Three traditional rulers have called for a constitutional review to empower chiefs to contribute more meaningfully to the socioeconomic development of the country.
They explained that the country was unable to deal effectively with its development challenges, including the war against illegal mining (galamsey) because chiefs seemed marginalized in governance issues.
The traditional rulers who made the call were the President of the Eastern Regional House of Chiefs, Nene Sakite II; the President of the Central Regional House of Chiefs, Odeefuo Amoakwa Buadu VIII; and the Osu Gua Wulomo who is also the acting President of the Osu Traditional Council, Nuumo Gbelenfo III.
They were speaking at the Institute of Economic Affairs (IEA) constitutional review series in Accra last Tuesday when they took their turn to contribute to the ongoing discussion on the 1992 Constitution.
The event was on the theme: “Reviewing Ghana’s 1992 Constitution: Viewpoints from the National House of Chiefs”.
Nene Sakite II was of the view that as part of measures to empower chiefs to contribute more meaningfully to the country’s development, a constitutional review must take into consideration the need to introduce a second Chamber of Parliament, with members comprising mainly traditional rulers from all the regions in the country.
“Traditional leadership is crucial in this equation because nations with strong traditional leadership have more secure governance structures than those without strong traditional leadership,” he stressed.
He also touched on the need to limit the excessive powers of the presidency in appointments, adding that “the core purpose of any reforms must be in strengthening governance.”
On the security of tenure of Chief Justices (CJs), Nene Sakite II suggested the need to review the constitution to ensure that CJs were appointed on a more sustainable basis by an independent structure other than the presidency so that successive governments would not tamper with the tenure of their appointments.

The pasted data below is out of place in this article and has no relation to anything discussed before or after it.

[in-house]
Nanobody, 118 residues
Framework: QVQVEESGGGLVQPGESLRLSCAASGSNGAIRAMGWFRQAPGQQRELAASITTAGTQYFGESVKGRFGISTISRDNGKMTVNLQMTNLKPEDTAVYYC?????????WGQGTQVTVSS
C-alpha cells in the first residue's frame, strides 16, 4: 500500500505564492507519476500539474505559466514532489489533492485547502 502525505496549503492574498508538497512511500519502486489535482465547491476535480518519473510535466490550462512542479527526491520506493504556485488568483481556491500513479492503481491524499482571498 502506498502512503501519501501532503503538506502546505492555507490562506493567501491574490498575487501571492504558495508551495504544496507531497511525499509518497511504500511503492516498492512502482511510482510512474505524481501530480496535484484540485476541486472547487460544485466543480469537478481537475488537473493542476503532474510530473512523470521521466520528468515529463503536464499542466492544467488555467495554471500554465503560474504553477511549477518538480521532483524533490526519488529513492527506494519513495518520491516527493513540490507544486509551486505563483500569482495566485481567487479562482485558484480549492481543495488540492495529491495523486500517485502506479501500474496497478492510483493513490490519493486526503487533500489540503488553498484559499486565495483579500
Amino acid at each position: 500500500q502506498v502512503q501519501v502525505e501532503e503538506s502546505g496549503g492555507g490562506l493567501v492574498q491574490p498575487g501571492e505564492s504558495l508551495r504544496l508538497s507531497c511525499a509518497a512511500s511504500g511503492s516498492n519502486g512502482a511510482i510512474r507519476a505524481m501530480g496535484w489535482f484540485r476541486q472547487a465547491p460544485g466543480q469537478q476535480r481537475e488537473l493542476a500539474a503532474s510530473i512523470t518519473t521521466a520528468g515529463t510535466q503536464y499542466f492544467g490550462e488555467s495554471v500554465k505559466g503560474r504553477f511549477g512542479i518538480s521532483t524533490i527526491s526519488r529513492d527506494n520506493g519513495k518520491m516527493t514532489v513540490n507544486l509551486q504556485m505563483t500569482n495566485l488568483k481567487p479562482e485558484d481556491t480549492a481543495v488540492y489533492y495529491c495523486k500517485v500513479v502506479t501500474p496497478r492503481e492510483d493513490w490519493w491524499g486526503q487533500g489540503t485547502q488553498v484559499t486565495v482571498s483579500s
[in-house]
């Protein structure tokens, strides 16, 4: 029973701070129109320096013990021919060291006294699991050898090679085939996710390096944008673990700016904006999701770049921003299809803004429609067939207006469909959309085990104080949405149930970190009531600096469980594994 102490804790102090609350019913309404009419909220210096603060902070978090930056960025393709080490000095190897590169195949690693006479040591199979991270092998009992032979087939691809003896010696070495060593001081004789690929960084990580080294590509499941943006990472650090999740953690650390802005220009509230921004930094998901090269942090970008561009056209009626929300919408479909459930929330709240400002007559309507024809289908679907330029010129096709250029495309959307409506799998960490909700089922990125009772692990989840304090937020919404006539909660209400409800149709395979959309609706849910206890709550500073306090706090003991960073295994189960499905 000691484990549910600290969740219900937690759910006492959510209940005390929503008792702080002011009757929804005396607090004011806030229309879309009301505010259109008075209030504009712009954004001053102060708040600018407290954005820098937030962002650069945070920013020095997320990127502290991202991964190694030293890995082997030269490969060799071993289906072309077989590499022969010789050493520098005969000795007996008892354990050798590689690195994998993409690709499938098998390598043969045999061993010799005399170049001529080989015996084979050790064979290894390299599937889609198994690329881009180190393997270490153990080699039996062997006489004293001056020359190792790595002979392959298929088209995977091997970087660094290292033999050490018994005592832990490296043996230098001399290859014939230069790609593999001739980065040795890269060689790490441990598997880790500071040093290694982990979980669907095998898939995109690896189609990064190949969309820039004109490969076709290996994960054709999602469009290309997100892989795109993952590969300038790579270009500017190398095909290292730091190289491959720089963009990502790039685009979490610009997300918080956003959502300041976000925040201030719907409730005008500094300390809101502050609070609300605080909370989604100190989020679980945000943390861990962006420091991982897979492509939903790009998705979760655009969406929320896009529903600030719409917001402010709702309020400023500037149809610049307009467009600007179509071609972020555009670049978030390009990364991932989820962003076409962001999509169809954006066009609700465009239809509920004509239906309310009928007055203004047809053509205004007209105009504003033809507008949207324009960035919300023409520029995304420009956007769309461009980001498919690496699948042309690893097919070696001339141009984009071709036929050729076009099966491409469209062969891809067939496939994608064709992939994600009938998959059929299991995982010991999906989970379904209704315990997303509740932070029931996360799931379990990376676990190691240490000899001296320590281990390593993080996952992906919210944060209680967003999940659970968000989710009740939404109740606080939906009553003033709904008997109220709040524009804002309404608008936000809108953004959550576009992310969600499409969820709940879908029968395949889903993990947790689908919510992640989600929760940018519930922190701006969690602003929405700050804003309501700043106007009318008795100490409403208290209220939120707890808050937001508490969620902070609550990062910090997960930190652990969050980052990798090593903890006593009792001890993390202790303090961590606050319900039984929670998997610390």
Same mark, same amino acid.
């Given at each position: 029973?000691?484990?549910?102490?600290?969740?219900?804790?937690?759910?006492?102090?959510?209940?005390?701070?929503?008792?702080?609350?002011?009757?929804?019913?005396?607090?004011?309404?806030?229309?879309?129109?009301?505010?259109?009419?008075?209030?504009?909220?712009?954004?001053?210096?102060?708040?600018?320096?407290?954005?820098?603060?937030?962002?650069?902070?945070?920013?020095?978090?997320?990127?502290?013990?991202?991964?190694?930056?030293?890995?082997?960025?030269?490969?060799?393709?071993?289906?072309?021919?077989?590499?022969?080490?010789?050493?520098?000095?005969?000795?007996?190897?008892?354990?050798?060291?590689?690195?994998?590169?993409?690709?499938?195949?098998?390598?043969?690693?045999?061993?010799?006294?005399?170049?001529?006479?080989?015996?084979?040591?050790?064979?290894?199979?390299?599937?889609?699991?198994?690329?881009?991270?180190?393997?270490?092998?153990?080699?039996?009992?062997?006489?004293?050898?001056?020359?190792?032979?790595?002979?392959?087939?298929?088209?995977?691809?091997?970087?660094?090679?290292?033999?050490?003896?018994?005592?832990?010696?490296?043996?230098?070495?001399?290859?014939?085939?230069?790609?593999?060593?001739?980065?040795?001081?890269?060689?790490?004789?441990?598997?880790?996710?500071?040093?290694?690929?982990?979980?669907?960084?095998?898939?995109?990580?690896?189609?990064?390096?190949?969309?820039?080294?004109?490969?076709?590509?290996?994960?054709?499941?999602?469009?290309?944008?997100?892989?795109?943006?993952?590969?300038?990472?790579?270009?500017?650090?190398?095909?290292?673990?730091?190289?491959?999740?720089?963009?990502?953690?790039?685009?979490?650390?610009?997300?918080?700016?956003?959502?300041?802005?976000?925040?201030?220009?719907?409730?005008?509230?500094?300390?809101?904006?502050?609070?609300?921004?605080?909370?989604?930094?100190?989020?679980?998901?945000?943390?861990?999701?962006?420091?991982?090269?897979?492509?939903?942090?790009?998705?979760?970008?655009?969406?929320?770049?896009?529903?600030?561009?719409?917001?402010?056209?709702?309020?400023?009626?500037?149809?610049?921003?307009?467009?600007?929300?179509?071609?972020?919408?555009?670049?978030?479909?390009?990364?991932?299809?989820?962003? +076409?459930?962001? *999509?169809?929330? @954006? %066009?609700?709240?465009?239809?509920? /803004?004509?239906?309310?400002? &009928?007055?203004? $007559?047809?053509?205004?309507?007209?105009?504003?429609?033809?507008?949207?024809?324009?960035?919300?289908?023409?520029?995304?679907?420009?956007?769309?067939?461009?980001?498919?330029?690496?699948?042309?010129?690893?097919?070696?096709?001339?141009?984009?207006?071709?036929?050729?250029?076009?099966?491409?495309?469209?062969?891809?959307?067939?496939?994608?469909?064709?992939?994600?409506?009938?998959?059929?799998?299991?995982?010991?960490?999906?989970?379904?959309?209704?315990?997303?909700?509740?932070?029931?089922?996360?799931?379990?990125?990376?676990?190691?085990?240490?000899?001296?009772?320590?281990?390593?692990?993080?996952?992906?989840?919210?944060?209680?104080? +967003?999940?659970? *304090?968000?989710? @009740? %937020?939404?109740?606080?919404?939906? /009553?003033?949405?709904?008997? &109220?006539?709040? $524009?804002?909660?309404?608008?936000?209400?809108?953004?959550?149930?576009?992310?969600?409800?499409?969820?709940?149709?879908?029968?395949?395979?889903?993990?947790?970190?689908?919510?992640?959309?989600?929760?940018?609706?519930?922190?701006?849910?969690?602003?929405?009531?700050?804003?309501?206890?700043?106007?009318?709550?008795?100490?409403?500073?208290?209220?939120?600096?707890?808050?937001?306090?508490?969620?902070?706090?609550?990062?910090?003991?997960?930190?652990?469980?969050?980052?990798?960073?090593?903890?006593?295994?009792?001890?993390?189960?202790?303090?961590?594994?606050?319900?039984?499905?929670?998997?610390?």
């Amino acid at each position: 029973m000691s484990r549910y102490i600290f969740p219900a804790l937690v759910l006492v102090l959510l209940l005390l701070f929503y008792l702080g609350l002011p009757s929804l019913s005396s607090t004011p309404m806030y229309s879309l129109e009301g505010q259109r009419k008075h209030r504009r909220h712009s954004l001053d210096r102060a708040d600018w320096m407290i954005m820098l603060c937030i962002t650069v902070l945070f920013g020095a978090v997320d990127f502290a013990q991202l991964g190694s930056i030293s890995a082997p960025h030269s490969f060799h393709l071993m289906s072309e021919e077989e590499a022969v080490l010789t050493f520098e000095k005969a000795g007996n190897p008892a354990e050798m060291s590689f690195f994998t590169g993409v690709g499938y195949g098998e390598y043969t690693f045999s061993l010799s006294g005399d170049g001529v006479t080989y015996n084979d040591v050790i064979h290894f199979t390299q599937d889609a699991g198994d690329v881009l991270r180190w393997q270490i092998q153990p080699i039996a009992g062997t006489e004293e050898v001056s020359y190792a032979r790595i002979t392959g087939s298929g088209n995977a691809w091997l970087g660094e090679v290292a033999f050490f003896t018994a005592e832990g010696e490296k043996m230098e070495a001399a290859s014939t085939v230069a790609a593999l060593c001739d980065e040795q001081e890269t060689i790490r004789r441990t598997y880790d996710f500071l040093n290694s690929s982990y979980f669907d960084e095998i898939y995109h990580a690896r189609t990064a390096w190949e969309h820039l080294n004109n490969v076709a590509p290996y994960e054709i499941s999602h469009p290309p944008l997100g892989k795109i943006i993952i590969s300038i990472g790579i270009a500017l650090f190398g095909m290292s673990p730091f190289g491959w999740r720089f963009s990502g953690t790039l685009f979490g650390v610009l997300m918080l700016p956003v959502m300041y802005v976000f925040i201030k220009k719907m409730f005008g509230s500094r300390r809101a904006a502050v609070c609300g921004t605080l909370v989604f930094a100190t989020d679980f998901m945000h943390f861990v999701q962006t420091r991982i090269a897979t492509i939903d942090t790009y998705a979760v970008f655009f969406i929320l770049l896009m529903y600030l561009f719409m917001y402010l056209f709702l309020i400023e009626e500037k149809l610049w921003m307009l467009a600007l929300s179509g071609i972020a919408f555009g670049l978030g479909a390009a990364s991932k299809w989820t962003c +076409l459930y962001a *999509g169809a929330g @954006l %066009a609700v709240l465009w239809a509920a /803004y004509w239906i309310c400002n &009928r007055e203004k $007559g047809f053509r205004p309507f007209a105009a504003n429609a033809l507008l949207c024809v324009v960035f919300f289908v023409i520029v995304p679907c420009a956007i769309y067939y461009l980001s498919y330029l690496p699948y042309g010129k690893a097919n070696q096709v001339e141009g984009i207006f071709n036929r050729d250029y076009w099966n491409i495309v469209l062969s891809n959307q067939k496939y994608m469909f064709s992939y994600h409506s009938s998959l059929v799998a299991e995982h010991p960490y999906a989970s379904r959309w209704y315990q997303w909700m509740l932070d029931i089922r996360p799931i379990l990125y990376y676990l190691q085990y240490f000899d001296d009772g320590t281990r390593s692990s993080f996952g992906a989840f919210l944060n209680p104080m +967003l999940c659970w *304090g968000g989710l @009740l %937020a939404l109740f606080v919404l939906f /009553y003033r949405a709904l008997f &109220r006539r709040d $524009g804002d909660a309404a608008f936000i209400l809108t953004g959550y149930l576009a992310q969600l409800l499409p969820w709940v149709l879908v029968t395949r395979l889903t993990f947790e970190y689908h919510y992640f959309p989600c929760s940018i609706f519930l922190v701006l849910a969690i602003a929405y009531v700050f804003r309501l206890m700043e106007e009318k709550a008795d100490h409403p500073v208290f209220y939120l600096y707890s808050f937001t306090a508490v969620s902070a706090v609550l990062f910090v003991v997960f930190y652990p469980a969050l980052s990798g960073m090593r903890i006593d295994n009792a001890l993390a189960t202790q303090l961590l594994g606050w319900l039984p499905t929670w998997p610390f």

Odeefuo Buadu VIII, for his part, stated that when chiefs were empowered by the constitution, it would enable them to “maximize their contributions to the socio-economic development of the nation.”
“The role of chiefs is so broad; they have very high expectations from their people; chiefs resolve issues quicker and they do so with little or no costs. They are the economic agents of the people and development,” he explained.
Odeefuo Buadu VIII said the days when chiefs led their people to war against external aggressors were over, but now they needed to be empowered in law and resources to enable them to contribute meaningfully to addressing the challenges of society.
He observed that modern governance structures seemed to be marginalizing the role of the chiefs in national development.
“This must be addressed before we continue the fight against galamsey; the institution must be clothed with the desired power and resources to promote national cohesion,” he stated.
On national development, Odeefuo Buadu VIII called for reforms to develop a National Development Plan that will bind all political parties and successive governments to avoid the abandonment of development projects.
Numo Gbelenfo III said the powers of the chiefs were limited to the extent that they were unable to tackle head-on the indiscipline among the youth, including hooliganism and drug addiction.
He equally called for reviews that would ensure that politicians do not meddle in the affairs of the chieftaincy institution.
The President of the Volta Regional House of Chiefs, Togbe Tepre Hodo IV, suggested the need for a review of Articles 131 (1a) and 144 (1) on the granting of appeals as a right or automatic rights of appeals to the Supreme Court and the appointments of CJs, respectively.
He argued that the Supreme Court must only focus on its core mandate of ruling on landmark cases and shaping policies with their judgments, leaving the Court of Appeal to deal with only appeal cases.
On the appointment of CJs, he said, the constitution must be reviewed by incorporating the past unconventional means of appointing CJs based on seniority and not by presidential appointments.
During an open forum, the Member of Parliament (MP) for Zebilla, Cletus Avoka, said calls for a review of Article 78 of the Constitution on the appointment of majority of ministers from MPs were untenable because the constitutional provision had positively impacted on the quality of intellectual and professional representation in Parliament.
He said the constitutional provision had also improved the quality of laws that were being made in Parliament for the country.